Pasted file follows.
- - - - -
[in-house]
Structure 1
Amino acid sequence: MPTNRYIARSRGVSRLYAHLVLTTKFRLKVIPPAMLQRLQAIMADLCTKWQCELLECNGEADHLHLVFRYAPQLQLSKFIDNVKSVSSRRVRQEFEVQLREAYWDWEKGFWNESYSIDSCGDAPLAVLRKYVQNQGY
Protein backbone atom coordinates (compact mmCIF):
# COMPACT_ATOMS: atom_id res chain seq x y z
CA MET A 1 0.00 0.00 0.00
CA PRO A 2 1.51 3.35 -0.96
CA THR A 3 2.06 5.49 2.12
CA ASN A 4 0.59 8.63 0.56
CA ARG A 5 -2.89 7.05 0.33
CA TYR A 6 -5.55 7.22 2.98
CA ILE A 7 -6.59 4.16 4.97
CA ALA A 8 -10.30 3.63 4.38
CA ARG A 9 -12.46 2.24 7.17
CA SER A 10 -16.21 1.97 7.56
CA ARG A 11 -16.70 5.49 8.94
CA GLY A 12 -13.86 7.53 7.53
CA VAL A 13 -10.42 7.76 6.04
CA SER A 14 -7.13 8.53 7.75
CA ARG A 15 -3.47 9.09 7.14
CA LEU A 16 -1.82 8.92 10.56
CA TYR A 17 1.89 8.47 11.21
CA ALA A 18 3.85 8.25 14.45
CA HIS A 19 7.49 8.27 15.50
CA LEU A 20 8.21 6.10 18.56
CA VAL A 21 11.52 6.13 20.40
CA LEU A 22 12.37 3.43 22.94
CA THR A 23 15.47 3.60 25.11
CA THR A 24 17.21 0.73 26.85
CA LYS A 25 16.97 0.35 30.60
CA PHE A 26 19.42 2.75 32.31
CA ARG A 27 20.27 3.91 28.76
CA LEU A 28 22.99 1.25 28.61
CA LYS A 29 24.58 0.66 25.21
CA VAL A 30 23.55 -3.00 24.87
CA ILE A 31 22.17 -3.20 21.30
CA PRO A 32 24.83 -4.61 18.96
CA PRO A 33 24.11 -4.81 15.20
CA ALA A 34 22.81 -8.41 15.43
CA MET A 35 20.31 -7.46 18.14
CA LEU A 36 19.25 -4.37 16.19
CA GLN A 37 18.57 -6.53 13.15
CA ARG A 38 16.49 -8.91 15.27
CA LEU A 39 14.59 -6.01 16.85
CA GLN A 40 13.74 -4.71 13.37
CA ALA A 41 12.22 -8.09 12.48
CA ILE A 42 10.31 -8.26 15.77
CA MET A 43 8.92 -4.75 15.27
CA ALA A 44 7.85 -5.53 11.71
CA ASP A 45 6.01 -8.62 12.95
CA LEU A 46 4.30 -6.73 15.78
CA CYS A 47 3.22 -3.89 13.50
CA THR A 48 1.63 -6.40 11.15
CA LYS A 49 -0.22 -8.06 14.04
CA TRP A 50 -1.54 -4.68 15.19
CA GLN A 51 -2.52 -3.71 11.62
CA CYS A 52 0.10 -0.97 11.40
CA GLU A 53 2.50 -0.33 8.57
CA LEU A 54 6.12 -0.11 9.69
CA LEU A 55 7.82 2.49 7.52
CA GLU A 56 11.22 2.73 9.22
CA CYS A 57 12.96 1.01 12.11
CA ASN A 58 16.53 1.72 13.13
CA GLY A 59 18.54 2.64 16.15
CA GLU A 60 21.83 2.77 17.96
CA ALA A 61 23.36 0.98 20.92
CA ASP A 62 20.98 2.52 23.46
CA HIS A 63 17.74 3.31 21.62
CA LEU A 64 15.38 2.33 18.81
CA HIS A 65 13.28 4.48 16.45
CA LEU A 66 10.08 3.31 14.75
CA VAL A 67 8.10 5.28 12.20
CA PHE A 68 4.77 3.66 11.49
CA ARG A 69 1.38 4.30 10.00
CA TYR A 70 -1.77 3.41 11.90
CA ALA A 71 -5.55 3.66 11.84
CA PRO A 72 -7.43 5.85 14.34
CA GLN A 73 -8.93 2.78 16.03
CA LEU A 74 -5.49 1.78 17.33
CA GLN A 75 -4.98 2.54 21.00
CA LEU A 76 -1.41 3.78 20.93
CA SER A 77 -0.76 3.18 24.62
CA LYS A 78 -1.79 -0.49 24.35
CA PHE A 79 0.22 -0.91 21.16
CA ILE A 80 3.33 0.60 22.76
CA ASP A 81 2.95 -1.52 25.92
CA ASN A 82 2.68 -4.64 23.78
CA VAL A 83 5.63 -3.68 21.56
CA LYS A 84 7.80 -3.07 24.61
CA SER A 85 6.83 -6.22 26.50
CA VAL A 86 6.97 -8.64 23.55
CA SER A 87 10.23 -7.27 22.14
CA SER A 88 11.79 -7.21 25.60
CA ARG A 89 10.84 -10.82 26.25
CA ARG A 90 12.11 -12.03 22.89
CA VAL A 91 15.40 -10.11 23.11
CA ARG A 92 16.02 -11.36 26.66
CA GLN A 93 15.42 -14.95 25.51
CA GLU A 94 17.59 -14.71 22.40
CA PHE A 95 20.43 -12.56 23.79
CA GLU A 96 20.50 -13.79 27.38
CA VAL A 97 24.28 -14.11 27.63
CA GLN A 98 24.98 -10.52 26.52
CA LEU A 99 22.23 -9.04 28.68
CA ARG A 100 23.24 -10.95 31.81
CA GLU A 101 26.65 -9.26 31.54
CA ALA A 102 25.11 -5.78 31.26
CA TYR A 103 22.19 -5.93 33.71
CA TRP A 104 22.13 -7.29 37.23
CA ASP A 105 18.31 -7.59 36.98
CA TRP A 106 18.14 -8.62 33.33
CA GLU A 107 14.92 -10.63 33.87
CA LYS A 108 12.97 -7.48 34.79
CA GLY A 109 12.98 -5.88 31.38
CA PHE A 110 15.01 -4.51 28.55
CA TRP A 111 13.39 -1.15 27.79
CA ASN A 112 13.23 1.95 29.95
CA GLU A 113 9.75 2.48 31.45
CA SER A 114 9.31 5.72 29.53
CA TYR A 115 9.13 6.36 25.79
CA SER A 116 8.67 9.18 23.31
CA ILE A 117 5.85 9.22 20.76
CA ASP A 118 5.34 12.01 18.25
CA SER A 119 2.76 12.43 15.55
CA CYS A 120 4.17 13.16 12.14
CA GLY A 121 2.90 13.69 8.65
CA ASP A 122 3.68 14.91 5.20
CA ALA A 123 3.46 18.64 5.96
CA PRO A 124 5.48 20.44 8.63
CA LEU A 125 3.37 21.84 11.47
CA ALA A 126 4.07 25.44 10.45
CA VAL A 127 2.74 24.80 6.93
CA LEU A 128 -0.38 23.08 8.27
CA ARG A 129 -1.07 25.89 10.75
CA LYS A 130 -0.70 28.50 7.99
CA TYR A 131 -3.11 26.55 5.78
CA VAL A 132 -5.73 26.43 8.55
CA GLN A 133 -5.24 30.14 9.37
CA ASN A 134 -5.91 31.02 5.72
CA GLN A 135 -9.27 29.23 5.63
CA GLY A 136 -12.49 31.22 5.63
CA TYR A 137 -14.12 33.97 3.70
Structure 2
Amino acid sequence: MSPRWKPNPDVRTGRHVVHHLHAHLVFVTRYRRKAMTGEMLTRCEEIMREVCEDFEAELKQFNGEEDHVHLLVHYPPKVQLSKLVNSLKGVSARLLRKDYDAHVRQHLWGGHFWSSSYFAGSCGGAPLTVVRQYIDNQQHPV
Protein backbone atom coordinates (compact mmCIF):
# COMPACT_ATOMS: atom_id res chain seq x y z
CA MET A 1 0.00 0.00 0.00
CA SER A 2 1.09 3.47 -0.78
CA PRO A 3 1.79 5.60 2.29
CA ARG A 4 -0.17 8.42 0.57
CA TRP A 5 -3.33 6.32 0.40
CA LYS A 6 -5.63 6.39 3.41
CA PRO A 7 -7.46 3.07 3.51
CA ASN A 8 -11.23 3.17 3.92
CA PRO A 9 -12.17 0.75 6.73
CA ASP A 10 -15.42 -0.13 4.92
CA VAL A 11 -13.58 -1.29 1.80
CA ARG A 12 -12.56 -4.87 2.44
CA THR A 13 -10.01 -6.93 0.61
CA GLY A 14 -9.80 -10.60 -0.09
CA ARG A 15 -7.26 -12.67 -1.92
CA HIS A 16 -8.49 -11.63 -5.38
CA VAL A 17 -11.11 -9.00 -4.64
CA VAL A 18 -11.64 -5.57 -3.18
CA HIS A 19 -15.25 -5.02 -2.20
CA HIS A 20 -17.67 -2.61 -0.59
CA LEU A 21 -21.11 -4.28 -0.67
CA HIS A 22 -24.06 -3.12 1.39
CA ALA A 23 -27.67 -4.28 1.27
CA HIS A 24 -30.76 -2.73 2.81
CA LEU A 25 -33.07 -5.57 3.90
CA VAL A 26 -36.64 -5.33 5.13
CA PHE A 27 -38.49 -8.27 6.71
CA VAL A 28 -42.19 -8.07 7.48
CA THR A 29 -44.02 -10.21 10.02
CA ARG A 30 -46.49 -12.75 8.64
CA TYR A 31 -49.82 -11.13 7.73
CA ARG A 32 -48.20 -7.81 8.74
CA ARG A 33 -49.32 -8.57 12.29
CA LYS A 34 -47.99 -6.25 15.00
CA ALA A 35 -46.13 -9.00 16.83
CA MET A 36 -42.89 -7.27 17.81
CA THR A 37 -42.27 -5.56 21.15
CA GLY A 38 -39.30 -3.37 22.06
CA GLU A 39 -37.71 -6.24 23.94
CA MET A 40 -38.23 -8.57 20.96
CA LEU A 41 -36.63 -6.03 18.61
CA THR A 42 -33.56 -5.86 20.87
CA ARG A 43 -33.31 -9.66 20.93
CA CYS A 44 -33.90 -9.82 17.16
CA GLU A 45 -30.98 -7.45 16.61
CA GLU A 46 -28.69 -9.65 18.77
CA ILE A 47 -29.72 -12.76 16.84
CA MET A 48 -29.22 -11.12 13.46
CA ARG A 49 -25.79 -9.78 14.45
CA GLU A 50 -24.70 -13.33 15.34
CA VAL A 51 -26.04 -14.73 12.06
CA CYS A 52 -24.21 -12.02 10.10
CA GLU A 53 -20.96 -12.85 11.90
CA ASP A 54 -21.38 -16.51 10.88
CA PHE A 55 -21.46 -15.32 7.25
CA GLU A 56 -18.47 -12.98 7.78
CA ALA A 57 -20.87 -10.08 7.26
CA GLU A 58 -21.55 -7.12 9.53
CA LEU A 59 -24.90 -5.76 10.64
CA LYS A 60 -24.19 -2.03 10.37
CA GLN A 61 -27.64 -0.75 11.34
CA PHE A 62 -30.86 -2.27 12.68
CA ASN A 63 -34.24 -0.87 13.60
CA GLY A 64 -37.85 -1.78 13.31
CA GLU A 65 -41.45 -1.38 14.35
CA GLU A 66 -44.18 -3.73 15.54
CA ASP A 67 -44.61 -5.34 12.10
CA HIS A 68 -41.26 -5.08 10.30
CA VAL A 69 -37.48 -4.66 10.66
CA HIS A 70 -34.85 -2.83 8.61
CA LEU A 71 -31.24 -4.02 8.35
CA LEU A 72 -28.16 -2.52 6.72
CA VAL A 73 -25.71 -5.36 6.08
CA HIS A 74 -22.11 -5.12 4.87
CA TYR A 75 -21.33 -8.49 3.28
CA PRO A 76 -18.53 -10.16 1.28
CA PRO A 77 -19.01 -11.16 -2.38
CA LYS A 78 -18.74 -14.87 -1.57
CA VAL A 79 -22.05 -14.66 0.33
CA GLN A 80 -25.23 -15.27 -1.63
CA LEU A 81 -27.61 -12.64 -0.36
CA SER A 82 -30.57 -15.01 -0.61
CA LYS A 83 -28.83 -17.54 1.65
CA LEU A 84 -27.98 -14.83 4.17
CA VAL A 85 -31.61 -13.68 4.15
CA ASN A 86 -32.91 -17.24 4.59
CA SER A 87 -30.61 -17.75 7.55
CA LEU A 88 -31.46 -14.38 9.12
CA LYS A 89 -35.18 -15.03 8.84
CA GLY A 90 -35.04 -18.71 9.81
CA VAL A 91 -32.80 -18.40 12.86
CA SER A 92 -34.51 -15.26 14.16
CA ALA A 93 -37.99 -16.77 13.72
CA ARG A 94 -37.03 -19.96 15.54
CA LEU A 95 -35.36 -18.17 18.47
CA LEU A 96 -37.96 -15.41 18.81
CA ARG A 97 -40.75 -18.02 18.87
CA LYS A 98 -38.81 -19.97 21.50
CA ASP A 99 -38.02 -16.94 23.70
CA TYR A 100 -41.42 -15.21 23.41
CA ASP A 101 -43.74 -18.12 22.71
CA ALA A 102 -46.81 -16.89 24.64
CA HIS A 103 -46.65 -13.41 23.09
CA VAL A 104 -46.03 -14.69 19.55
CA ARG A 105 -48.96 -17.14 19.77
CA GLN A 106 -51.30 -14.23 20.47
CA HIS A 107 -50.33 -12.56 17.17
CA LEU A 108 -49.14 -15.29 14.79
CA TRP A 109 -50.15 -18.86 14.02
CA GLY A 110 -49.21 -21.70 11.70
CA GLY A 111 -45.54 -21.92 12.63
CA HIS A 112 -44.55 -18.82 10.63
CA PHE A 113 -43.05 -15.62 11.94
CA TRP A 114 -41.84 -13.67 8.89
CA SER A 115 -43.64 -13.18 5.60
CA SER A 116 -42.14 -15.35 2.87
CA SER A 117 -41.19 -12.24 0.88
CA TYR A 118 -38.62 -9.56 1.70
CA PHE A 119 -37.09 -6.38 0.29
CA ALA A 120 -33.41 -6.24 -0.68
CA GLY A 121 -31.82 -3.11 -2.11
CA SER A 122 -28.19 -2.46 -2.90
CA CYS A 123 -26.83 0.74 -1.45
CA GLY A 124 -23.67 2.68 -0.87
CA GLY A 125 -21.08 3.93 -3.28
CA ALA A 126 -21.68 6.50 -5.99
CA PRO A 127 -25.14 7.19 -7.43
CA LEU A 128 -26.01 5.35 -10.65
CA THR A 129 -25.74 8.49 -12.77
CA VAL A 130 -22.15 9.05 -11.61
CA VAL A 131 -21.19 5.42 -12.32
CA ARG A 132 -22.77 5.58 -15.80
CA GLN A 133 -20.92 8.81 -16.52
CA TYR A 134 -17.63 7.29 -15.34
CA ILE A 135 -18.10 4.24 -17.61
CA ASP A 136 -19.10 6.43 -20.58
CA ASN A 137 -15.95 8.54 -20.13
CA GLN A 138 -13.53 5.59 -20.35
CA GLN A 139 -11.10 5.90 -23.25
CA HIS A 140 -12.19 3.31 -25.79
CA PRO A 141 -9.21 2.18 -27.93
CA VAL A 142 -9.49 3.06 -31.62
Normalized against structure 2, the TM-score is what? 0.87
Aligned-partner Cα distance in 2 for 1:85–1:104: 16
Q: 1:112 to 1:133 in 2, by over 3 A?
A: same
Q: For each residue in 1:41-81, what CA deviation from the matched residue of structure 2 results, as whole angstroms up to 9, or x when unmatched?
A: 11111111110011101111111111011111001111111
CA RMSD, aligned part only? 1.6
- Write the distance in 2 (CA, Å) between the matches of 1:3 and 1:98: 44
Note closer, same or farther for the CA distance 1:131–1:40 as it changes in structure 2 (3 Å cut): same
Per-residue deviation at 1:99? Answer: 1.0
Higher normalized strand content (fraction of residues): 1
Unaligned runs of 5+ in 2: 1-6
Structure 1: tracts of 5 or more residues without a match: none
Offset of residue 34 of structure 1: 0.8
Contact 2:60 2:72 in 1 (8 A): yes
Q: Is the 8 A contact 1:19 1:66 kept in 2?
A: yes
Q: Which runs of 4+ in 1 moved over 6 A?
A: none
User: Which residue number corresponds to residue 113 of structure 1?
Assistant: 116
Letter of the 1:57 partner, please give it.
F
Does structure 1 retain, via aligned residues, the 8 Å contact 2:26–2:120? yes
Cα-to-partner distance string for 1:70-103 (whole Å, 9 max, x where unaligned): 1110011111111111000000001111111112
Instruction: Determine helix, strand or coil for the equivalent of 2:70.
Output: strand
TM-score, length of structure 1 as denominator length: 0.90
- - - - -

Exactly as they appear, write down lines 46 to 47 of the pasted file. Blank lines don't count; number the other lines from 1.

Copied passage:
CA ALA A 41 12.22 -8.09 12.48
CA ILE A 42 10.31 -8.26 15.77